Abstract

A camera and monitor system that projects actual real-world images has yet to be developed due to the technical limitation that the existing cameras cannot simultaneously acquire high-resolution and wide-angle images. In this research, we try to resolve this issue by superimposing images; a method which is effective because the entire wide-angle image does not necessarily need to be of high resolution because of perceptual characteristics of the human visual system. First, we examined the minimum resolution required for the field of view, which indicated that a triple-resolution image where positions more than 20 and 40 deg from the center of the visual field were decreased to 25% and approximately 11% of the resolution of the gaze point, respectively, was perceived as similar to a completely high-resolution image. Next, we investigated whether the participants could distinguish between the original completely high-resolution image and processed images, which included triple-resolution, dual-resolution, and low-resolution images. Our results suggested that the participants could not differentiate between the triple-resolution image and the original image. Finally, we developed a stereoscopic camera system based on our results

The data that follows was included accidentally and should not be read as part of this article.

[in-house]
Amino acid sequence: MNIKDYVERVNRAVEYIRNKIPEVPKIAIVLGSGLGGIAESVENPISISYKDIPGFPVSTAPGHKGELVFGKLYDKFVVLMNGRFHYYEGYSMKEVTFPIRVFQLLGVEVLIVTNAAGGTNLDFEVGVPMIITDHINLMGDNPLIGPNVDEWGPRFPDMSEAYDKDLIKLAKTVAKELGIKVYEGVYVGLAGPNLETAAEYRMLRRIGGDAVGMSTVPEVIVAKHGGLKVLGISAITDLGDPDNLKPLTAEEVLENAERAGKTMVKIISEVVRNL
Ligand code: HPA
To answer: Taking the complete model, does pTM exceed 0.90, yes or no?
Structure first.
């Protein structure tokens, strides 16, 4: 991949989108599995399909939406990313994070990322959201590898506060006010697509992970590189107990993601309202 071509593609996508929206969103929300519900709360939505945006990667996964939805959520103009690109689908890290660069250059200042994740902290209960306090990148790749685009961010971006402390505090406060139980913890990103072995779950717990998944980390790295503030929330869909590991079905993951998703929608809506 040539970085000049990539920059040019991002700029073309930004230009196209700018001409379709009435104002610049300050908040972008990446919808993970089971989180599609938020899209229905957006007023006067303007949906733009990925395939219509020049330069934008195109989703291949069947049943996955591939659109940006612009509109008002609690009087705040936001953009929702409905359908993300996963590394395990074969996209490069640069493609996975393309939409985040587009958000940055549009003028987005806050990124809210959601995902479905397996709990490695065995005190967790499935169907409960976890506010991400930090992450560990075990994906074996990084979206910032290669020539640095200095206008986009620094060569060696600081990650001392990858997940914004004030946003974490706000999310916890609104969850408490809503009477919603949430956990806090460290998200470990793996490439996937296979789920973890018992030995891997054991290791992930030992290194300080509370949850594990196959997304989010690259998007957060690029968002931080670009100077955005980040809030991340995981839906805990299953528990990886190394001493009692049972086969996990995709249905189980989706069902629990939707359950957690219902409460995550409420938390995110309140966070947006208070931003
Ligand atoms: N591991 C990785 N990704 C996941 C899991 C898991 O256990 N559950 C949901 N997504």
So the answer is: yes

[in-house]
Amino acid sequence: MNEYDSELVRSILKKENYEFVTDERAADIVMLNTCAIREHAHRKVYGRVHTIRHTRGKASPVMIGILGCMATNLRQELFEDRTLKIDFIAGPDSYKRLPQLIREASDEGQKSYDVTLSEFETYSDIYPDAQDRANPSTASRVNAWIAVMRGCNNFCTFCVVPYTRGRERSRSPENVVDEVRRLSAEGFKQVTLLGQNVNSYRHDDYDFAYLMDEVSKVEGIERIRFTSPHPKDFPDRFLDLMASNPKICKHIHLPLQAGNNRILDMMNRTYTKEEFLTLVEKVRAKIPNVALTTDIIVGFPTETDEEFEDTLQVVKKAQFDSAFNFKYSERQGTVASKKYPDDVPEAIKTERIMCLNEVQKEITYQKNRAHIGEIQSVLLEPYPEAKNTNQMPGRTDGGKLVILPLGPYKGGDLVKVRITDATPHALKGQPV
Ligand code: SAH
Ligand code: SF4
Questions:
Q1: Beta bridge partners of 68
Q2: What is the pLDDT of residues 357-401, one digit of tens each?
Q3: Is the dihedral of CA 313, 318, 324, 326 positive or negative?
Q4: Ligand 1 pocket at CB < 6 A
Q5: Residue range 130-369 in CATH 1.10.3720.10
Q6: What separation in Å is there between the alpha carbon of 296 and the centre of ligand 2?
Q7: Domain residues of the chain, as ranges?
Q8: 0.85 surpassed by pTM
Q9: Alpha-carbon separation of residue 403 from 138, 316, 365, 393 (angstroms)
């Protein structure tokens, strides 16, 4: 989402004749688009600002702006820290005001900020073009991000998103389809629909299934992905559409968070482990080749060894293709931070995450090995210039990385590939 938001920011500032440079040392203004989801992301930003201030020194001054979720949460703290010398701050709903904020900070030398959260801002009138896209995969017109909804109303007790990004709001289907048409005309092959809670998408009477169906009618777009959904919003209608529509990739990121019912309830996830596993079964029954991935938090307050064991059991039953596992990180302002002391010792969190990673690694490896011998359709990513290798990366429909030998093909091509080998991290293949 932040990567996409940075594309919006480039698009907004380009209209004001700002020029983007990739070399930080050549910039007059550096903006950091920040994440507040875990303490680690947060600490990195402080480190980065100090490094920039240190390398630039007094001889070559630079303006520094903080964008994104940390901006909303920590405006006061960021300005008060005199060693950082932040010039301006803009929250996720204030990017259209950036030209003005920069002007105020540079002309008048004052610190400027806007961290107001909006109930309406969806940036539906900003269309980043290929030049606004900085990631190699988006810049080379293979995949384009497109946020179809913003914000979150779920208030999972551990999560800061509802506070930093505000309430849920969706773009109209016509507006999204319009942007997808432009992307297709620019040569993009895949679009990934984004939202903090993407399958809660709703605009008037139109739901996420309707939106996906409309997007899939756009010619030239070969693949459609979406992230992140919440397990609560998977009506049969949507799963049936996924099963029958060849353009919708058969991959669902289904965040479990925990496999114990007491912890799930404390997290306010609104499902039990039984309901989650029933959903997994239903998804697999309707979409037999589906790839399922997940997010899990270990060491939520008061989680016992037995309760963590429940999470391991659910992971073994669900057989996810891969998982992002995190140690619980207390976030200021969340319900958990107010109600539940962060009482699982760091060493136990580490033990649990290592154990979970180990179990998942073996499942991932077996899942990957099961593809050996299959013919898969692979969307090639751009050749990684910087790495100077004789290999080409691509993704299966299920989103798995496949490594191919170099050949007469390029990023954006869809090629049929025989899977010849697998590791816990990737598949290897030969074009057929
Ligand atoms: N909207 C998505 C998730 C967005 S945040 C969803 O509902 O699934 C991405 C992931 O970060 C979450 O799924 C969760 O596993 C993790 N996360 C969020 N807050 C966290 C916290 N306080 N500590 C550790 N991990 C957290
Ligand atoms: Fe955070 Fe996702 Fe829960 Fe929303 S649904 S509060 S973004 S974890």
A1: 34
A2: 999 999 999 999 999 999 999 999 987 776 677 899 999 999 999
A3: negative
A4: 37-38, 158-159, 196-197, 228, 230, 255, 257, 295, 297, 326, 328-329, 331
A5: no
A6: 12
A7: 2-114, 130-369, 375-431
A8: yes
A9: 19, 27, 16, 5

Authors


Masahiko Ogawa


Kazunori Shidoji


Yuji Matsuki

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